Pancake Chef Cheers Us

It turns out after knowing my husband Bill for 35 years, I (along with Natalie) have only recently learned that he is an amazing pancake chef. We wake up thinking about his pancakes. One night last weekend, I told him I was in the mood for his pancakes and guess what? Yes!! We ate pancakes at 10 pm, after watching a good movie. Any left-over pancakes are delicious to have with afternoon tea/coffee or for dessert with a smear of jam. Pancakes can be left out on a plate for one day on the counter, unless it is a hot summer day. Pancakes made with yogurt instead of buttermilk, olive oil instead of butter, topped with maple syrup and with a side of excellent applesauce, are uplifting for both tastebuds and spirits. Recipe below:

PANCAKE RECIPE

  • up to 1 1/2 cup of plain whole milk yogurt
  • 2 tablespoons of olive oil
  • 1 egg
  • 1 cup wholewheat pastry flour
  • 1/2 teaspoon baking soda
  • 1/2 teaspoon natural sugar cane sugar
  • pinch of salt

Stir dry ingredients in bowl. Mix wet ingredients in a separate bowl, then add to dry ingredients. Bill drops a small dollop of olive oil on our iron skillet, then wipes the dollop to lightly oil the skillet. Bring the skillet up to a medium-low heat. You know it’s ready when you flick some drops of cold water onto the skillet and they burble and dance around. Take a soup spoon of batter and plop onto skillet. It will melt into proper shape. Wait for bubbles to appear on top side, and then check bottom for lightly browned color. Flip. Wait a minute or two, then jiggle the top of the pancake with edge of spatula. If top doesn’t wiggle side to side separate from bottom, the pancake is ready. Caution: Monitor the bottom layer for over-browning, rotating and sometimes flipping pancakes an extra time or two to make sure pancakes are perfect.

A Corny Curious Story About Sweet Corn

I love reading. I read every day. I actually don’t feel good if a day goes by without at least a little reading.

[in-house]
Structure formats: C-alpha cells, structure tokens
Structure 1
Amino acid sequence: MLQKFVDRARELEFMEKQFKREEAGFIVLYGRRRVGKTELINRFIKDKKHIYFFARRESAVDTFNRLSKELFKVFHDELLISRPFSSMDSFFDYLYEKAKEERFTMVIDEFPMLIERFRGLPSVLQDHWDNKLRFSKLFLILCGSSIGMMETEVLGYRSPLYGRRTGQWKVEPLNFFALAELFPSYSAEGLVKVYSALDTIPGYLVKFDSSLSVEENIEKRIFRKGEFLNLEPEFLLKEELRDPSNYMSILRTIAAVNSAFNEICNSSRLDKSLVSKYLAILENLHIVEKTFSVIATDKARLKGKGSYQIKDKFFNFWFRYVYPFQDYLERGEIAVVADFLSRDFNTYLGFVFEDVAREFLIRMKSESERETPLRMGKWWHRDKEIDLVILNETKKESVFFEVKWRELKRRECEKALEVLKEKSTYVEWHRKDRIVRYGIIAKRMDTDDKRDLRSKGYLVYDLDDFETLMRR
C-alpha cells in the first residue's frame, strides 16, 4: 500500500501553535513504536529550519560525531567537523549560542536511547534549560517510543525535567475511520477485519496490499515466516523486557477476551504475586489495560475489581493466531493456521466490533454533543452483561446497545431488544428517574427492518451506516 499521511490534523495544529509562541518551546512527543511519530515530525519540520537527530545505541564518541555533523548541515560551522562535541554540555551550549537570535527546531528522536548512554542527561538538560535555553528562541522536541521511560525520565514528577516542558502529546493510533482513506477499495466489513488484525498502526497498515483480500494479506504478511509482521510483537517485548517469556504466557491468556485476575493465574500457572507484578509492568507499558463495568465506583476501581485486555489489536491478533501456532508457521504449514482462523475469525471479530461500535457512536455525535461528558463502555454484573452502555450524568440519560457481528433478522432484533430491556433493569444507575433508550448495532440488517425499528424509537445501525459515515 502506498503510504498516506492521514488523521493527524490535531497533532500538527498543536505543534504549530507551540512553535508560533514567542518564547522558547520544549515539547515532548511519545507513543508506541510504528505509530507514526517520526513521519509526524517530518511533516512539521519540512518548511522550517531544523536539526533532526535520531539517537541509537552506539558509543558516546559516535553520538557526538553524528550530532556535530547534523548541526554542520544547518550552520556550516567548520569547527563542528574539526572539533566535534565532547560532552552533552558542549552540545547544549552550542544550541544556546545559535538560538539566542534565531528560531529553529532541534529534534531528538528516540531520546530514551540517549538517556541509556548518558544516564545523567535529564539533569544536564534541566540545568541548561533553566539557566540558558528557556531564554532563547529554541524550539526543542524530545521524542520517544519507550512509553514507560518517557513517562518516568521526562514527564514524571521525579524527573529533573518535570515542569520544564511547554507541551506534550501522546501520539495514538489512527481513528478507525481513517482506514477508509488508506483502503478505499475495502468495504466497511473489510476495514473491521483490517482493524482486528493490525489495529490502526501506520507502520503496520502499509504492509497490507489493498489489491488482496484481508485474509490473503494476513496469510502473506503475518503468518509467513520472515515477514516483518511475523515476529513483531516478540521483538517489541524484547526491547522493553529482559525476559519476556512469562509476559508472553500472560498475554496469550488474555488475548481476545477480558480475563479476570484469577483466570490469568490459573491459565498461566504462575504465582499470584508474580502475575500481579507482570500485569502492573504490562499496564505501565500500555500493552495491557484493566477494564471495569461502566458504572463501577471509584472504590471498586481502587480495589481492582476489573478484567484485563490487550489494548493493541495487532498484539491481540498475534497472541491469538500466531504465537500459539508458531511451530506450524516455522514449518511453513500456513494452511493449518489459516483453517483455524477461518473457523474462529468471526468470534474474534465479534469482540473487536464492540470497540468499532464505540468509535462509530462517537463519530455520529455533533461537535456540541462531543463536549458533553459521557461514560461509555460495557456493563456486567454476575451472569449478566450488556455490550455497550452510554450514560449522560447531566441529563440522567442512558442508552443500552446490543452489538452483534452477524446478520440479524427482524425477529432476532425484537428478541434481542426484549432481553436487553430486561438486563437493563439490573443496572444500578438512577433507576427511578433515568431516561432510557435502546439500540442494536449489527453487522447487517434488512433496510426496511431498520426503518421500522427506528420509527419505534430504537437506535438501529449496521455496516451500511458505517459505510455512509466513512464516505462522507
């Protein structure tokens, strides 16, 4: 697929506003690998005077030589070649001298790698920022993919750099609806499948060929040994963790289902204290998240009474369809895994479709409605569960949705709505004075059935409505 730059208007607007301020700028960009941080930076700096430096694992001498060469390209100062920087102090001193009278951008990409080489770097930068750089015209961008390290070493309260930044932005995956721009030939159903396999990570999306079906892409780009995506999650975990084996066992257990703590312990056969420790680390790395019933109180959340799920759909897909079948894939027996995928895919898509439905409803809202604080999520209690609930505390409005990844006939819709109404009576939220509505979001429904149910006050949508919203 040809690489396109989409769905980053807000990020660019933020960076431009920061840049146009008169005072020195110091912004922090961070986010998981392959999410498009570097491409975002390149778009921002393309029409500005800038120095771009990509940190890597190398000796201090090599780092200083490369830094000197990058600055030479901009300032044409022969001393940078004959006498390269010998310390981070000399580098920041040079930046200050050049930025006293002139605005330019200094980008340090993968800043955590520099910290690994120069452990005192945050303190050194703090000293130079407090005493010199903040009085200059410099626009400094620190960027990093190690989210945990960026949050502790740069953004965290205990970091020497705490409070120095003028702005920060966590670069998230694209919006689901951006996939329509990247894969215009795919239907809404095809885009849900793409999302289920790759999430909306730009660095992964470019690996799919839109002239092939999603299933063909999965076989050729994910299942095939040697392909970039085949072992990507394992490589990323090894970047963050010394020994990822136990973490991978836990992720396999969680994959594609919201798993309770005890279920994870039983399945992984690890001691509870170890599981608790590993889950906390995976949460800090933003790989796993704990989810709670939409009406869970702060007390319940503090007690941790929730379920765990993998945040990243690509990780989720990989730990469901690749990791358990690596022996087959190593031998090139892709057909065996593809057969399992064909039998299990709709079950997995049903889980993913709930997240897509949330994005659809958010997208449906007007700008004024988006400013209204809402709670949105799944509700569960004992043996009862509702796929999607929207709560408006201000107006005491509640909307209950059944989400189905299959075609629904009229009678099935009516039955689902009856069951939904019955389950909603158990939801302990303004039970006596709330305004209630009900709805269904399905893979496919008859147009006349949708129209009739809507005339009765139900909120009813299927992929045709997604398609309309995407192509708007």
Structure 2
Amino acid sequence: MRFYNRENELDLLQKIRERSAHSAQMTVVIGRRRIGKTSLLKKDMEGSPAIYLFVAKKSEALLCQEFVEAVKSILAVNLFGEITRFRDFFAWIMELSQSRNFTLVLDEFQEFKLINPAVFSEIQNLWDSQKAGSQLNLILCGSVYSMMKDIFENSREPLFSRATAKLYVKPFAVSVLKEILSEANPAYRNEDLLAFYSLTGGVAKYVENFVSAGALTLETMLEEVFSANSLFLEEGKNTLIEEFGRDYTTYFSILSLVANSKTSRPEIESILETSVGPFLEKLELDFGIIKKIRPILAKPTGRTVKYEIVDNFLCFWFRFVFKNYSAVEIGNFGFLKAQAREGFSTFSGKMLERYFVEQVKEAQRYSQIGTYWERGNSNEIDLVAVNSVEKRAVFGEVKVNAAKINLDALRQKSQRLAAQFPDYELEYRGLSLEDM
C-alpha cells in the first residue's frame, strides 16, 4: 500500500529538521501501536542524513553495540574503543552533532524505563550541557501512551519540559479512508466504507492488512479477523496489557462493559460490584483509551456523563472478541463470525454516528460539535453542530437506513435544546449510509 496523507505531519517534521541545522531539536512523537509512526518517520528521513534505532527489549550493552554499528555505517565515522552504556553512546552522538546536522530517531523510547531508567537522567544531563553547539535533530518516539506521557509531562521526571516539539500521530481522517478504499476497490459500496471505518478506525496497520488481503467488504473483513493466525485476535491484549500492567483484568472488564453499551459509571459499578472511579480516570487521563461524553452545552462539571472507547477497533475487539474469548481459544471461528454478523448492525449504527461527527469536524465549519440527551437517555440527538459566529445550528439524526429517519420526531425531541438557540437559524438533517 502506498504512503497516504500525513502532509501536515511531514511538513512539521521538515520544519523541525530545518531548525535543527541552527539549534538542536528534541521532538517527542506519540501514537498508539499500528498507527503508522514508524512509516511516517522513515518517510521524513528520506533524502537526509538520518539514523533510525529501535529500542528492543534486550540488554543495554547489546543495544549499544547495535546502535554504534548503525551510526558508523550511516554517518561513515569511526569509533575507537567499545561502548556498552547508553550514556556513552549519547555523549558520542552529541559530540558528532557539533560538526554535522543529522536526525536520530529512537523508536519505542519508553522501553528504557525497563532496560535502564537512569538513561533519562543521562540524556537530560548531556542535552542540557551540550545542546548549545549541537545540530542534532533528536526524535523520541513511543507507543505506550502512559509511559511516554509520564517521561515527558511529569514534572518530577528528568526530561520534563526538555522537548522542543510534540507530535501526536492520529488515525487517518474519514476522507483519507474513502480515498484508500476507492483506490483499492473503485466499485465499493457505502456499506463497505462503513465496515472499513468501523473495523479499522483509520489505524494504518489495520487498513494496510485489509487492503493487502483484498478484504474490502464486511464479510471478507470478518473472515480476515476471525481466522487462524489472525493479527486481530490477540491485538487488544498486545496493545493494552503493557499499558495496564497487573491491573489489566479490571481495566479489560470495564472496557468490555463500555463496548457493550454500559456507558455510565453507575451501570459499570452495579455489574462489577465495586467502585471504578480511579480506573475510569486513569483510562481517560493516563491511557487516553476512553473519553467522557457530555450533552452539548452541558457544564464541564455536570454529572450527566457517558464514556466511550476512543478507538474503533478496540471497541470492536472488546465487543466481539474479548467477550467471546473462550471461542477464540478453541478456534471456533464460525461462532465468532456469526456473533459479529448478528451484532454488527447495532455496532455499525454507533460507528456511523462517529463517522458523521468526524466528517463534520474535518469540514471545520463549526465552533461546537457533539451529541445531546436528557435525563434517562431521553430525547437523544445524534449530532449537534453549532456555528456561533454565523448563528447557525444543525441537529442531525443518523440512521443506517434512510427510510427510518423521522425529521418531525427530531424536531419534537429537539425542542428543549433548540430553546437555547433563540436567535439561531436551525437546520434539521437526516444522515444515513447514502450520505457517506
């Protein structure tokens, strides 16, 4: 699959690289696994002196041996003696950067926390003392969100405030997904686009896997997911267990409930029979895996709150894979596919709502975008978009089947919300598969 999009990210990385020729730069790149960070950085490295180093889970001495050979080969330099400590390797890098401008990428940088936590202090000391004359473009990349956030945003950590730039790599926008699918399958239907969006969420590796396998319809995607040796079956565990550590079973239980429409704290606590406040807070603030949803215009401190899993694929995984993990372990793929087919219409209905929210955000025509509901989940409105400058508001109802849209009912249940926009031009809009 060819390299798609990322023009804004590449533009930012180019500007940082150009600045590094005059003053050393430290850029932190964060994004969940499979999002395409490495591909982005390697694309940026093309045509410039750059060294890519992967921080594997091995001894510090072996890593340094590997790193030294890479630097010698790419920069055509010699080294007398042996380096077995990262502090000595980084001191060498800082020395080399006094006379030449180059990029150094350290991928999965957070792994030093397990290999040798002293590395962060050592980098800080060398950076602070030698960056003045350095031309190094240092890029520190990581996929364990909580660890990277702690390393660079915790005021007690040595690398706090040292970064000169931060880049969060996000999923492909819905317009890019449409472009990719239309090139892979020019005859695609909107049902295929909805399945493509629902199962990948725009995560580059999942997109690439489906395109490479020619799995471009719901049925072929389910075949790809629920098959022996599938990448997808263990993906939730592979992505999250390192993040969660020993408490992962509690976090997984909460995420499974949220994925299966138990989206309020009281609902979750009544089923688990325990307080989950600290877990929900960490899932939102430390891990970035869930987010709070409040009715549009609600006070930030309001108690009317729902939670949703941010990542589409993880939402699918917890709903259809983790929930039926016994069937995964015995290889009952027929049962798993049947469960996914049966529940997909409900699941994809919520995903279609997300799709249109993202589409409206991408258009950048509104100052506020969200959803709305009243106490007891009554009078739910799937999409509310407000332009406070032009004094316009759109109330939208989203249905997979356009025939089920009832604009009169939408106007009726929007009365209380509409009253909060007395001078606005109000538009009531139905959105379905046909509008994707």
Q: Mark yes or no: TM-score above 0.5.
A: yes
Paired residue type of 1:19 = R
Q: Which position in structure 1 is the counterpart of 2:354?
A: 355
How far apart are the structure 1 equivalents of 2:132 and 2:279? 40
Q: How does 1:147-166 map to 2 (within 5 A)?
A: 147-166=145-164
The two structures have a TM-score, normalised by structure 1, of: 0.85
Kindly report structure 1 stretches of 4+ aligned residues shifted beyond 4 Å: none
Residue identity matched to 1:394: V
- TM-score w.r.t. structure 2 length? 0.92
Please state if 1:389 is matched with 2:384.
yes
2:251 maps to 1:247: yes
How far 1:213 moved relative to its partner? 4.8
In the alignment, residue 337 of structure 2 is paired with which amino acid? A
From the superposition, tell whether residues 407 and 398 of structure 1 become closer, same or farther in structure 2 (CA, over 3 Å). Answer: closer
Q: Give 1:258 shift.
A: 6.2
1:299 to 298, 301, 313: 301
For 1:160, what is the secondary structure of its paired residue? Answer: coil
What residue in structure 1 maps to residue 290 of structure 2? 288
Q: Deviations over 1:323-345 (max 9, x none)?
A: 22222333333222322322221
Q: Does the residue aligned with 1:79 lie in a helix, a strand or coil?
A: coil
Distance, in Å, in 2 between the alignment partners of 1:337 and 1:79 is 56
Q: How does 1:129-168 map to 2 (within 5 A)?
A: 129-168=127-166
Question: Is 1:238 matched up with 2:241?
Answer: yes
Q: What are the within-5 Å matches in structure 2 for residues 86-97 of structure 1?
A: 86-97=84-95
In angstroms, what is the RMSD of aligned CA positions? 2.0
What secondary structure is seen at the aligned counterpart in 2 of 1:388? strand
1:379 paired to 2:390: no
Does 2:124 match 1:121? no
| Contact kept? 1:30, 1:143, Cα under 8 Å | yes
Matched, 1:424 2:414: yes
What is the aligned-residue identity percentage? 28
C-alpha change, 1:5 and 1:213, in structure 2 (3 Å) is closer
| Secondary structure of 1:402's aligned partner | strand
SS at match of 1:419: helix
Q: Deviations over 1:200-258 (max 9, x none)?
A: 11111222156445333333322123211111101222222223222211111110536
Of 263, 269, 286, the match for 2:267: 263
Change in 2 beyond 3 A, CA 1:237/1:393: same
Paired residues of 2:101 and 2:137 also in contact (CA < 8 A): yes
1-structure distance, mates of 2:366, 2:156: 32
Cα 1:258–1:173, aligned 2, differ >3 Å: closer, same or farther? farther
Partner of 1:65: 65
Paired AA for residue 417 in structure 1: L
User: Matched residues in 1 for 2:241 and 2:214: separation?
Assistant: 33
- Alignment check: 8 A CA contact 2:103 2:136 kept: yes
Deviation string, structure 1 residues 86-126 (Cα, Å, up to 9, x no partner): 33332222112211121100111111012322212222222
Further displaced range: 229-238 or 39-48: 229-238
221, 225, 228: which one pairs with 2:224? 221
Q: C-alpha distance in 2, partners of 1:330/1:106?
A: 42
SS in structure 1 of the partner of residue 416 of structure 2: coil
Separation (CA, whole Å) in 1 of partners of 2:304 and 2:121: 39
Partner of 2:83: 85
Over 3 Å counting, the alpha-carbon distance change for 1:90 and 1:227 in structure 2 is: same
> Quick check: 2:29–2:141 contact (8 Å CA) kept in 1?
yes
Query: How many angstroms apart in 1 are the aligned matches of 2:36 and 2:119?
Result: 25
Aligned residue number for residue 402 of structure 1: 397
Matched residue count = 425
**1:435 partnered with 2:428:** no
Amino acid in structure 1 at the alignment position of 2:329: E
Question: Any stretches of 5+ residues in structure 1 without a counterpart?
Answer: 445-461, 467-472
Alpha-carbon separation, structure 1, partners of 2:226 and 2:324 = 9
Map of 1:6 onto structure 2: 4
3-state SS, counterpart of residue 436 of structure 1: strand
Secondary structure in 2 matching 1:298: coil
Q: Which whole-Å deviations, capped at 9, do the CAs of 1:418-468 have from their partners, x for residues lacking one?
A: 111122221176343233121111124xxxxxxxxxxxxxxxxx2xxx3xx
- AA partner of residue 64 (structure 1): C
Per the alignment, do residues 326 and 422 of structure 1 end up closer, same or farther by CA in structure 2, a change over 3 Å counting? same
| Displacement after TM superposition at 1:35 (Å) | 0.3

I cook every day. Some people think I love cooking. But I don’t think I really love cooking. I think I love eating. I cook good food so that I can eat it. What I love about cooking is that I can choose ingredients I love to eat. So I read books about food and cooking.

Some years ago, I cut out and kept an article titled “Breeding the Nutrition Out of Our Food” and I stuck it into one of my cookbooks. I have read it a number of times since. The article was written by Jo Robinson, the author of “Eating on the Wild Side: The Missing Link to Optimum Health.”

I learned from Jo Robinson how “we’ve reduced the nutrients and increased the sugar and starch content of hundreds of fruits and vegetables.” Corn is the best example of this. Here is a story about corn that is both fascinating and shocking:

White kerneled corn “was born” in 1836, the creation of Noyes Darling whose goal was to create a sweet, all white variety without “the disadvantage of being yellow.” He succeeded.

But the story becomes strange and more than a little disturbing. Supersweet corn was born in a cloud of radiation. Beginning in the 1920’s, geneticists exposed corn seeds to radiation to learn more about the normal arrangement of plant genes. The corn seeds were exposed to X-rays, toxic compounds, cobalt radiation, and then, in the 1940’s, to blasts of atomic radiation. Then the seeds were stored in a seed bank for use in research. In 1959, John Laughnan, a geneticist who was studying some of the no-longer-radioactive seeds, decided to pop a few into his mouth. He couldn’t believe how sweet they were. Lab tests confirmed they were 10 times sweeter than ordinary sweet corn. The radiation had turned the corn into a sugar factory.

Mr. Laughnan realized people would love extra-sweet corn and he spent years developing commercial varieties of this corn. In 1961, he began selling his first hybrids. And within one generation, the new extra-sugary varieties were selling more than the older varieties. Today, most of the corn in our grocery stores is extra-sweet. The sweetest ones contain 40 percent sugar. The disadvantage of white corn is that it lacks nutrients. If you want more nutrients in your corn: choose corn with deep yellow kernels. It has 60 times more beta-carotene, which turns into Vitamin A in the body. Vitamin A helps vision and the immune system. When baking, try blue, red or purple cornmeal.

While you are at it: Eat some scallions, aka green onions, which Jo Robinson calls “jewels of nutrition.” The green part is more nutritious than the white part, so use the whole plant. I’ve discovered I LOVE green onions cooked with mushrooms. I slice up an entire bunch of green onions and cook them with mushrooms in a generous amount of olive oil and a dollop of lightly salted butter. Sourdough toast or brown rice is a wonderful accompaniment.

Welcome!

We need as many stories about people doing things out of love and looking at what connects us all as a community. Here at TWO IN THE WORLD we hope visitors can come for a minute or five to just feel like they aren’t all alone. Together we will be exploring a multitude of ways in which we can foster kindness, courage, hope and justice.